Saturday, July 05, 2008

Jack Maggs by Peter Carey

'Look at me', said Tobias Oates insistently. 'Look into my eyes - I can take away this pain.' Maggs peered at Oates as if through a heavy veil. The little gent began to wave his hands. He passed them down, up , down. 'Watch me' said Tobias Oates, and Jack Maggs, for once, did exactly as he was told.

Peter Carey's new novel, set in London in 1837, is a thrilling story of mesmerism and possession, of dangerous bargains and illicit love. Jack Maggs, raised and deported as a criminal, has returned from Australia, in secret and at great risk. What does he want after all these years, and why is he so interested in the comings and goings at a plush townhouse in Great Queen Street? And why is Jack himself an object of such interest to Tobias Oates, celebrated author, amateur hypnotist and fellow burglar - in this case of people's minds, of their histories and inner phantoms?

In this hugely engaging novel one of the finest contemporary writers pays homage to his Victorian forebears. As Peter Carey's characters become embroiled in each other's furtive desires and increasing fall under one another's spell, their thirst for love exacts a terrible, unexpected cost.
If I had of been looking at this book on the shelf either at the library or at the bookstore, there is a pretty fair chance that I would never have picked this up. In fact, I had a lot of trouble finding this image and ended up scanning it in. Even at Peter Carey's website where there are over 20 different cover images for this novel, this one isn't up there.

Luckily for me, this book is up for discussion this month at my online book group, and so I felt obliged to look beyond the horrible cover, and actually go with what was inside the book.

At first, I wasn't sure that the contents were much better than the cover art. Most of the characters are for the most part unlikeable, especially in the first parts of the novel. There is Jack Maggs, a convict who has returned from Australia in secret, knowing full well that if he gets caught back in England he will likely swing. He has come to Great Queen Street desperately searching for someone or something, and is willing to make almost any deal in order to find what he is looking for. In a case of mistaken identity, Jack finds himself being employed as a footman in the household of Mr Buckle, a former grocer and fried fish seller who unexpectedly found himself the recipient of a large inheritance so now is doing his best to be a gentleman. Also in the Great Queen Street house is Mercy Larkin - a young woman who Mr Buckle saved from a life of prostitution...kind of. She is a maid, but she is also Mr Buckle's Good Companion, sometimes to her cost. Another of the strange characters is Edward Constable, the other half of the matching set of footman, but he has secrets of his own, and is in grieving for his former footman partner who had recently killed himself.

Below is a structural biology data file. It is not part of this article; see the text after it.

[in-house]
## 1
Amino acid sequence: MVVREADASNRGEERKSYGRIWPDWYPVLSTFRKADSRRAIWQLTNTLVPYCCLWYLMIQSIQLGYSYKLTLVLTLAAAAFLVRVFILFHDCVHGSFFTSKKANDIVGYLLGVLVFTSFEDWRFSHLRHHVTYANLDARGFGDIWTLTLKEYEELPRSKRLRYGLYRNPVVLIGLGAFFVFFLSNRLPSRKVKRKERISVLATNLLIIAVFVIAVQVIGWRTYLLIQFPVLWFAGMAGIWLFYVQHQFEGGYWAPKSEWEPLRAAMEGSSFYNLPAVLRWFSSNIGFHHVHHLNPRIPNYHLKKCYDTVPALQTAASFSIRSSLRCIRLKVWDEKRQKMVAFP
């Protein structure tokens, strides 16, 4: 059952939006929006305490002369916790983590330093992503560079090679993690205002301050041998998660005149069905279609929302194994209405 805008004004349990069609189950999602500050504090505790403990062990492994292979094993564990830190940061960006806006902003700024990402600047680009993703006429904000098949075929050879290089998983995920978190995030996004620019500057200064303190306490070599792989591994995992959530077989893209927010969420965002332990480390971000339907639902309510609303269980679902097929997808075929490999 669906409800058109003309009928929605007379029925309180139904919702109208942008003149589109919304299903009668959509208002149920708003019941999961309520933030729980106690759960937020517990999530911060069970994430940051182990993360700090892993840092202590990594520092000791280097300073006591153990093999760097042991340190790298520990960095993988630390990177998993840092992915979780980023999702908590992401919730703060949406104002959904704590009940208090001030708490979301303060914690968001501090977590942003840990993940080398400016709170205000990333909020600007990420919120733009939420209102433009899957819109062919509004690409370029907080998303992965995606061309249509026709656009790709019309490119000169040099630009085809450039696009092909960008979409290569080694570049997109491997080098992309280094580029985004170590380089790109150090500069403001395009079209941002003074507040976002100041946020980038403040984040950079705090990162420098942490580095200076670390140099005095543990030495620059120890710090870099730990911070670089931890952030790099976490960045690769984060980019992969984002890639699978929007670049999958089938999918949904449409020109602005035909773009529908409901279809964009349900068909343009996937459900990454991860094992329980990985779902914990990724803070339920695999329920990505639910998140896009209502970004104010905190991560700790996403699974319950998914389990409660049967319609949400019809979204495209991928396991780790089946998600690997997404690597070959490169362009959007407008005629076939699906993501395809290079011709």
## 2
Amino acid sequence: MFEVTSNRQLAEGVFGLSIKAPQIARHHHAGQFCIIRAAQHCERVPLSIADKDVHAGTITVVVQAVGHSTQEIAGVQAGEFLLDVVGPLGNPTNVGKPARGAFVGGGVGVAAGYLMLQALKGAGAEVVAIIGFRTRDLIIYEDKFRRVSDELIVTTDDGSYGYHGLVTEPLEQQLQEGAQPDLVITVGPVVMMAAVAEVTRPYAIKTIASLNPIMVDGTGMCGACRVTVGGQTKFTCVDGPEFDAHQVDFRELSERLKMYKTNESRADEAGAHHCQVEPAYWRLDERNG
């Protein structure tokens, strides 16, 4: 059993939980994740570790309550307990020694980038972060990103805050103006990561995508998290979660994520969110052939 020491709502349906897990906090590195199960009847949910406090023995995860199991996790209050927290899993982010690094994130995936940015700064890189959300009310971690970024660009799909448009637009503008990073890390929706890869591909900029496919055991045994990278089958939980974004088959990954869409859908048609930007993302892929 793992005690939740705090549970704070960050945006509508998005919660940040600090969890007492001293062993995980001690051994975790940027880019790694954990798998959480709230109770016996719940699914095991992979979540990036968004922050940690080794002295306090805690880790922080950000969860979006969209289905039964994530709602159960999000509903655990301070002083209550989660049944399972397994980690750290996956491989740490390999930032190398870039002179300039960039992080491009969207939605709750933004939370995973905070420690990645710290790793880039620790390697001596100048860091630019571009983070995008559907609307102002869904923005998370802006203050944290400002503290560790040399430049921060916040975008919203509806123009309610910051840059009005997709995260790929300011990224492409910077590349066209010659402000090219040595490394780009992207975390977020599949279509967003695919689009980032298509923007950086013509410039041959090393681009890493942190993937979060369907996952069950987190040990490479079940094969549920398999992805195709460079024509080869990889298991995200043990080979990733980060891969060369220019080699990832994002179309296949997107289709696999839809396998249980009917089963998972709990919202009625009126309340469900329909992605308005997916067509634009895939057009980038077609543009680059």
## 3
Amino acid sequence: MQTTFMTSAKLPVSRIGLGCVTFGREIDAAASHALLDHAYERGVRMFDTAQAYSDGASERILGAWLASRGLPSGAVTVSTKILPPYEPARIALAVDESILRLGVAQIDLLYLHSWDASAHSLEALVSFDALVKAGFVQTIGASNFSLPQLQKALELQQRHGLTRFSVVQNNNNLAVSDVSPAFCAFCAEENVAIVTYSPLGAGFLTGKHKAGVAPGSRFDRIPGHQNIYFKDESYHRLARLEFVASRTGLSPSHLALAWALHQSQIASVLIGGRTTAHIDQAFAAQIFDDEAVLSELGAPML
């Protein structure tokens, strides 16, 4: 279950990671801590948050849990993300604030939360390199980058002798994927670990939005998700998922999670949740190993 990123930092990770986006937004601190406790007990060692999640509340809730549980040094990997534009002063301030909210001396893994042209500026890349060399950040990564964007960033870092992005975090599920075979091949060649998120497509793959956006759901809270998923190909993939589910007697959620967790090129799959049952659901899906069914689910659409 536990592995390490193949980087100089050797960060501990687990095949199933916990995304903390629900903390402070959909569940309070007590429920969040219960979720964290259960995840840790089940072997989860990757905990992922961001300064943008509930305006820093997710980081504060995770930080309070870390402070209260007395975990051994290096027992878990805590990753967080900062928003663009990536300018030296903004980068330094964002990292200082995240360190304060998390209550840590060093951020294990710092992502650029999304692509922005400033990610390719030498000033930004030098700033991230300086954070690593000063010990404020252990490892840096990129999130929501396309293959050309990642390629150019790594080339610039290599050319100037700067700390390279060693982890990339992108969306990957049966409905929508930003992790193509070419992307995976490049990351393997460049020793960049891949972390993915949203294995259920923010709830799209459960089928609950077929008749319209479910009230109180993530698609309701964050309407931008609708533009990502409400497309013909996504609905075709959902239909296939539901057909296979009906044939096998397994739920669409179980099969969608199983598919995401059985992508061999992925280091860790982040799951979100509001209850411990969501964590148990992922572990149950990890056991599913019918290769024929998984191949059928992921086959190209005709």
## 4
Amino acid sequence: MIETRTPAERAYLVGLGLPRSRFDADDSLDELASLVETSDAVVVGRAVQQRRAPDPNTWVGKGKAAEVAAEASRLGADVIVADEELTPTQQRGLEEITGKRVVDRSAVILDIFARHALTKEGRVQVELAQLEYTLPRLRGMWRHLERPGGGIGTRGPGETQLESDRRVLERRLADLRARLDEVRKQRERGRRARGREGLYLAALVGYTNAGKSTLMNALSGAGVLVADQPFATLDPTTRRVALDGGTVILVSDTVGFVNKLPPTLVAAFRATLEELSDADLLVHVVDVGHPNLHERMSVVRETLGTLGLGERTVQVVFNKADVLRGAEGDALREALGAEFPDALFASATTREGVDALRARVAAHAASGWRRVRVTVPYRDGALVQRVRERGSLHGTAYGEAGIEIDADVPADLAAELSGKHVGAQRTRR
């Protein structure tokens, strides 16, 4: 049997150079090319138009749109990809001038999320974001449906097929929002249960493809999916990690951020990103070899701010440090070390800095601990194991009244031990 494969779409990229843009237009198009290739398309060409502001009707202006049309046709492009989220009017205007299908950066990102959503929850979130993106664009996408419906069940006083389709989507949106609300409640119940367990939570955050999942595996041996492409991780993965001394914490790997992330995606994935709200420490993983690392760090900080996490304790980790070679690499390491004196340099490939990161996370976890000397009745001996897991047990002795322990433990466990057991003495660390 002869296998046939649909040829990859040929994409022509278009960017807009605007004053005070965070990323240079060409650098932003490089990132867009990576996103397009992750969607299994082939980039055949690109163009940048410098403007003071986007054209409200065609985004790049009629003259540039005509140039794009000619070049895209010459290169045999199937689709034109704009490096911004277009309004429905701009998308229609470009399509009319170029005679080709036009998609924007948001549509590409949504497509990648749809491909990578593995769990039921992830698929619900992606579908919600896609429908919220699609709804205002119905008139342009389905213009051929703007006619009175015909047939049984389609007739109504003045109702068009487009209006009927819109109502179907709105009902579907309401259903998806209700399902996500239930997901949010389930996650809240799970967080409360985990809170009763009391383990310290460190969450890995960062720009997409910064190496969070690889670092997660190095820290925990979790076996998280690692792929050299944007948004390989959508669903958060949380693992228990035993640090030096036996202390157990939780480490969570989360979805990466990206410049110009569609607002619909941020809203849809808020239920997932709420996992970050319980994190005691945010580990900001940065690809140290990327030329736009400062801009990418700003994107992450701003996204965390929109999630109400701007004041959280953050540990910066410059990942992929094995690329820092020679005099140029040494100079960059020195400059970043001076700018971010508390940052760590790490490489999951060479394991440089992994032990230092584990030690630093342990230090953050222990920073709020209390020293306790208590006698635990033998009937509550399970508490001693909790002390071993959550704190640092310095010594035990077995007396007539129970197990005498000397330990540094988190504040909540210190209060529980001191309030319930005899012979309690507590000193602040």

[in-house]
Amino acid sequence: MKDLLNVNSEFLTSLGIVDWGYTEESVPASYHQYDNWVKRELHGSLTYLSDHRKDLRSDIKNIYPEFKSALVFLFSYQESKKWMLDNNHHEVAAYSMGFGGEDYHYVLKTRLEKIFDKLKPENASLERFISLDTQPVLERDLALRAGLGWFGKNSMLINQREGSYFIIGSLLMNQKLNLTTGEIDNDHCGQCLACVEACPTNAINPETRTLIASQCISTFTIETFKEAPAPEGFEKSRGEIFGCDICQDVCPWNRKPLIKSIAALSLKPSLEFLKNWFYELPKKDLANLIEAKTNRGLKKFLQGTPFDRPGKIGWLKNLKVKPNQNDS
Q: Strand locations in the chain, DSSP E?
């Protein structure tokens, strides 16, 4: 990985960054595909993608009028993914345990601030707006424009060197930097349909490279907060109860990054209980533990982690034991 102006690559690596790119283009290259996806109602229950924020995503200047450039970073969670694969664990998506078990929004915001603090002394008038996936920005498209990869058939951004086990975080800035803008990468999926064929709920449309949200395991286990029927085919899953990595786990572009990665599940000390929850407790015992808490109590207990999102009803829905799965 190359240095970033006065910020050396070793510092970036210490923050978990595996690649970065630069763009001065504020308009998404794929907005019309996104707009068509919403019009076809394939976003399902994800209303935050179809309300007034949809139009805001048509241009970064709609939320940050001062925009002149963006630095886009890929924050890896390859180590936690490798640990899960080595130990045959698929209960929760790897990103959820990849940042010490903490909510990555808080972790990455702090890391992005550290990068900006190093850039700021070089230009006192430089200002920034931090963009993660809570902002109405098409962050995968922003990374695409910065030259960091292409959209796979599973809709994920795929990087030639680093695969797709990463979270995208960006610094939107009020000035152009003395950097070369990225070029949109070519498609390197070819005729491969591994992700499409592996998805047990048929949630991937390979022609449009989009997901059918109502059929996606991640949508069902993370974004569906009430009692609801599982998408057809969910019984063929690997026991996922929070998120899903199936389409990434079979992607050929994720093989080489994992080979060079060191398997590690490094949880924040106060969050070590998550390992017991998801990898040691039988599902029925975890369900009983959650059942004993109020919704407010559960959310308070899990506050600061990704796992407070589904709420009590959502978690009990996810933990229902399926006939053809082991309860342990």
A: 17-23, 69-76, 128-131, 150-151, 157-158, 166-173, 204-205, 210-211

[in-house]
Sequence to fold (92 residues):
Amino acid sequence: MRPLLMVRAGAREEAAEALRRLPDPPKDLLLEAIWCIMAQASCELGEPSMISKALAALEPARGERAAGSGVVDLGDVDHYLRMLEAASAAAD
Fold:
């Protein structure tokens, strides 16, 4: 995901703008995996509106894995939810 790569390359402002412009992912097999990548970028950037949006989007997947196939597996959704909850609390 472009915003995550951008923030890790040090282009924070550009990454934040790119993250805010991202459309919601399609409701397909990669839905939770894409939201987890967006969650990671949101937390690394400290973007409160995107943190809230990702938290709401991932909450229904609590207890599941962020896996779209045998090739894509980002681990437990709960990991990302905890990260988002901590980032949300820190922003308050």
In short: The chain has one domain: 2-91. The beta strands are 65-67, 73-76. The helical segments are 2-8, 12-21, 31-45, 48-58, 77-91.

Into the house comes celebrated author Tobias Oates for a dinner party, along with several other notable names, mainly from the theatrical set. Whilst at the dinner party, Jack Maggs catches Tobias Oates eye, and it isn't long before Tobias has had agreement from Mr Buckley to allow Jack to be the subject of Scientific Experiment using Magnets to in effect hypnotise and then to draw out Jack's secrets. Tobias is however a man with his own secrets, secrets that haunt him and have huge impacts in his home, and tragic consequences for his family.

From here, the tale of Jack Maggs and this cast of somewhat strange characters, are slowly entwined in each others story and what follows is an almost gothic, very dark tale of love, and danger, theft and murder, distrust and deception, with Jack searching for what he thinks it is that he wants, not realising that he has more than that to lose back in Australia.

Ultimately this was a rewarding read, and it is a book that I think would benefit from a reread, as having now read the book once I could appreciate how well Carey drew the connections between the cast of characters, particularly in relation to Jack's adopted family. For example, the very opening scene of the book felt a little disconnected from the major part of the story, until about half way through when it all suddenly made perfect sense.

I have always felt like a bit of a bad Australian at times. I can't stand Vegemite. I am not that fussed about lamingtons or pavlova. I don't watch Neighbours or Home and Away, and I hadn't read very many of our biggest names in literature, including Peter Carey. Whilst I don't see any of the other things I have listed their changing in the near future, I do definitely plan to read more of Peter Carey's works.

Peter Carey is one of the most successful Australian authors around in terms of winning awards, and with this book he won both the Commonwealth Writers Prize in 1998, and the Miles Franklin Award as well (which is Australia's most prestigious literary award).

I ended up giving this book a rating of 4/5. Until the very end I thought that the grade would be a bit lower than that, but ultimately it was an enjoyable reading experience.


  1. You've convinced me I should give it a go Marg

  2. I've only read his Ned Kelly book but loved it so much I would like to read more. This sounds very interesting.

    LOL Re: being a "bad Australian". I often feel the same way about being a "bad Canadian". I do not like Tim Horton's coffee at all, I hate hockey and would not be caught dead in a toque or parka. I also had not read much of the big Can lit names until recently but having started working on the reading while the other things will never change.

  3. Peter Carey has been recommended to me several times in the last few months. This sounds like a book I'd enjoy. One more for the wishlist.

  4. Oh no Marg, you just added another to my TBR. LOL! I also have Oscar and Lucinda on my TBR.



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